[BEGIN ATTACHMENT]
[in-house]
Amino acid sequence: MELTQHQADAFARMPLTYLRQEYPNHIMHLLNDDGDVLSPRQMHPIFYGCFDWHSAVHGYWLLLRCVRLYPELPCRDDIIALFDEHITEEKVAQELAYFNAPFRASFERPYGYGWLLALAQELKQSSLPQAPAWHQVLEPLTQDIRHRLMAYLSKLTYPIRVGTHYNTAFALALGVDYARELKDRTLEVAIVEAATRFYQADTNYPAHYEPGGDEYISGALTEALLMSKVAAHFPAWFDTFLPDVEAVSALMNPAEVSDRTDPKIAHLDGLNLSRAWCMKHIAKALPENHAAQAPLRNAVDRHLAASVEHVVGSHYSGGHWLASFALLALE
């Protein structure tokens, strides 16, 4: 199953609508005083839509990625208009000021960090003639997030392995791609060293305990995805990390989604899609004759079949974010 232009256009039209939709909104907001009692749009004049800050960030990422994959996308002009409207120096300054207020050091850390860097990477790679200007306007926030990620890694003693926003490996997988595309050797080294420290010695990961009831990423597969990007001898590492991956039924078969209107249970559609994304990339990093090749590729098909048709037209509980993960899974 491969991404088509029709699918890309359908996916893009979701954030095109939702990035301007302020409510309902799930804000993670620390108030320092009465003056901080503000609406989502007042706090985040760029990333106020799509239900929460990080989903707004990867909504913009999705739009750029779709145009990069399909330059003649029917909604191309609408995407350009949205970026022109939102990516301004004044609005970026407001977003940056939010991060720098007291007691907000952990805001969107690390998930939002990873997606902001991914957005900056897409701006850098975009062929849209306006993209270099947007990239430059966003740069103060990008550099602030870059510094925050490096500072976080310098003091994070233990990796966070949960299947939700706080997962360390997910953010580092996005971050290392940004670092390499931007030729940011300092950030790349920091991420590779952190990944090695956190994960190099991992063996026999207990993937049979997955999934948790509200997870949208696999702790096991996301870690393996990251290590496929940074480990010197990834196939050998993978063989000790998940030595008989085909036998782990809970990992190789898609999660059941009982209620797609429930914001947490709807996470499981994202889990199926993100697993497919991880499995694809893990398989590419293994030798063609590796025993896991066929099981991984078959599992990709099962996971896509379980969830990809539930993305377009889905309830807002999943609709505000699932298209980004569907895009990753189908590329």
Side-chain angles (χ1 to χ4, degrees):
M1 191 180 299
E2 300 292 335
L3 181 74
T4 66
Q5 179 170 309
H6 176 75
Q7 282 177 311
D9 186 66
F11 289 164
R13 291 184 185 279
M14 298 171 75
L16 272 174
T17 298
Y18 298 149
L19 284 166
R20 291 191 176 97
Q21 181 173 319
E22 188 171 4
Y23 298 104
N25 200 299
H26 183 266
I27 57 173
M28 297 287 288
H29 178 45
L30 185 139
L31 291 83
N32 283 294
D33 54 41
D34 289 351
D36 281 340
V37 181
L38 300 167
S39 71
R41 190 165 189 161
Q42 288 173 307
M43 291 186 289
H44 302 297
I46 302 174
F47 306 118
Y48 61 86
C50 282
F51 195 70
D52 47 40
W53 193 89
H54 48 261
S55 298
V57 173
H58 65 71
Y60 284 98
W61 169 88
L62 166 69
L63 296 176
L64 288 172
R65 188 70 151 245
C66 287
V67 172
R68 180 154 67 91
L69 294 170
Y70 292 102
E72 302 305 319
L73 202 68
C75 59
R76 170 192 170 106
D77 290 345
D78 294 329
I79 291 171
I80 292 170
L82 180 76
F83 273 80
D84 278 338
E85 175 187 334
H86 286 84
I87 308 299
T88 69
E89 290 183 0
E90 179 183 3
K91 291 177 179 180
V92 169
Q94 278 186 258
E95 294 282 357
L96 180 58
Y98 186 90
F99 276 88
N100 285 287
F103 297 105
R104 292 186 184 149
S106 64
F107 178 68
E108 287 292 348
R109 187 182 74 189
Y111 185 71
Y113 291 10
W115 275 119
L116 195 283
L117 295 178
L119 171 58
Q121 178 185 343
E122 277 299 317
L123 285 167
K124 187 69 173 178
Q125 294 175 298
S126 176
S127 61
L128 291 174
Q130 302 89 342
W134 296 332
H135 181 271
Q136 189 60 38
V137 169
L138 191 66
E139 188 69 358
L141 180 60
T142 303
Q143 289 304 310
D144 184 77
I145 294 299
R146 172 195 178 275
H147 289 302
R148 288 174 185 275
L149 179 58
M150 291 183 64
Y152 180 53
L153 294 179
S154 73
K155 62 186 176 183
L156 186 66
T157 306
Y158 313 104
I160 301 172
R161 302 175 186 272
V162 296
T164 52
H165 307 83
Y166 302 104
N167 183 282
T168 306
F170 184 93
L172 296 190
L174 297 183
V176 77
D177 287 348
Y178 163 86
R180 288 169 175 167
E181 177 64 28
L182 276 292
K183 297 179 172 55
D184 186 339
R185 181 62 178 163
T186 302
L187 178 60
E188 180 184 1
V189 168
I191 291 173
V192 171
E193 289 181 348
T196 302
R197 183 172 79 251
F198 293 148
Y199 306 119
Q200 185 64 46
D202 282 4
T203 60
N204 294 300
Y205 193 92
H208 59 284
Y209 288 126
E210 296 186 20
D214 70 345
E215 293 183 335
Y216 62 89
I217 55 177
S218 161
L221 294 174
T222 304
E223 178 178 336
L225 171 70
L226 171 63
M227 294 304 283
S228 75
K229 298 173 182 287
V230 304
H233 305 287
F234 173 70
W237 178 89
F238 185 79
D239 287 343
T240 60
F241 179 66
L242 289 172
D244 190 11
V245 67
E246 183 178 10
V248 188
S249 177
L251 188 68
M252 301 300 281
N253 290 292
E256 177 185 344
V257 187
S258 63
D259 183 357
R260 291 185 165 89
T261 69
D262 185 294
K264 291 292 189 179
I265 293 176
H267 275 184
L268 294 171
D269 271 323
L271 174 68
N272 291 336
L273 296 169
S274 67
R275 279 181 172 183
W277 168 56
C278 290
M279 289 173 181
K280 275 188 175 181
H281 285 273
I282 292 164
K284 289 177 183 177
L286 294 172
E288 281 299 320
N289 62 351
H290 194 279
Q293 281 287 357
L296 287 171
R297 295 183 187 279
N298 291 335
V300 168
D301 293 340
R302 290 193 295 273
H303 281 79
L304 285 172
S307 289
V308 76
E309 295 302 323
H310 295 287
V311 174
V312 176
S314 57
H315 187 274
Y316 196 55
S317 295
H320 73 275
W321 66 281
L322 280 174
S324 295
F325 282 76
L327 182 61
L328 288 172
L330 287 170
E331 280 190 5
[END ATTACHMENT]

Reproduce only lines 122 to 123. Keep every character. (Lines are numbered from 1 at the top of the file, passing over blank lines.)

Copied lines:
H147 289 302
R148 288 174 185 275